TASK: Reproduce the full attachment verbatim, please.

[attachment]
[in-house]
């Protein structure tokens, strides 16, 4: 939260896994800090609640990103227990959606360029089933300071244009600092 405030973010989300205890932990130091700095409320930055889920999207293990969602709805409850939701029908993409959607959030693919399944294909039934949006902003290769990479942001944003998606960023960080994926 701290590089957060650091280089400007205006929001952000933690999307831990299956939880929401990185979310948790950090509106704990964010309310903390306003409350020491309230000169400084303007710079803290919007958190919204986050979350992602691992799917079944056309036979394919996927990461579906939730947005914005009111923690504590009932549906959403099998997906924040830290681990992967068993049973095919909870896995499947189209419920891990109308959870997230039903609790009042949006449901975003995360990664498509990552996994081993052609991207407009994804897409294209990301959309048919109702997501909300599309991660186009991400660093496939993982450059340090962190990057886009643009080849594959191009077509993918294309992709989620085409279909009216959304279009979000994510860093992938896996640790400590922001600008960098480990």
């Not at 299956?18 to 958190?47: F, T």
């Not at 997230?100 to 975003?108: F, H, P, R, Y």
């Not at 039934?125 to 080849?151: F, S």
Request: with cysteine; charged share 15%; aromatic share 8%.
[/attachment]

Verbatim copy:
[in-house]
């Protein structure tokens, strides 16, 4: 939260896994800090609640990103227990959606360029089933300071244009600092 405030973010989300205890932990130091700095409320930055889920999207293990969602709805409850939701029908993409959607959030693919399944294909039934949006902003290769990479942001944003998606960023960080994926 701290590089957060650091280089400007205006929001952000933690999307831990299956939880929401990185979310948790950090509106704990964010309310903390306003409350020491309230000169400084303007710079803290919007958190919204986050979350992602691992799917079944056309036979394919996927990461579906939730947005914005009111923690504590009932549906959403099998997906924040830290681990992967068993049973095919909870896995499947189209419920891990109308959870997230039903609790009042949006449901975003995360990664498509990552996994081993052609991207407009994804897409294209990301959309048919109702997501909300599309991660186009991400660093496939993982450059340090962190990057886009643009080849594959191009077509993918294309992709989620085409279909009216959304279009979000994510860093992938896996640790400590922001600008960098480990």
């Not at 299956?18 to 958190?47: F, T």
């Not at 997230?100 to 975003?108: F, H, P, R, Y």
């Not at 039934?125 to 080849?151: F, S």
Request: with cysteine; charged share 15%; aromatic share 8%.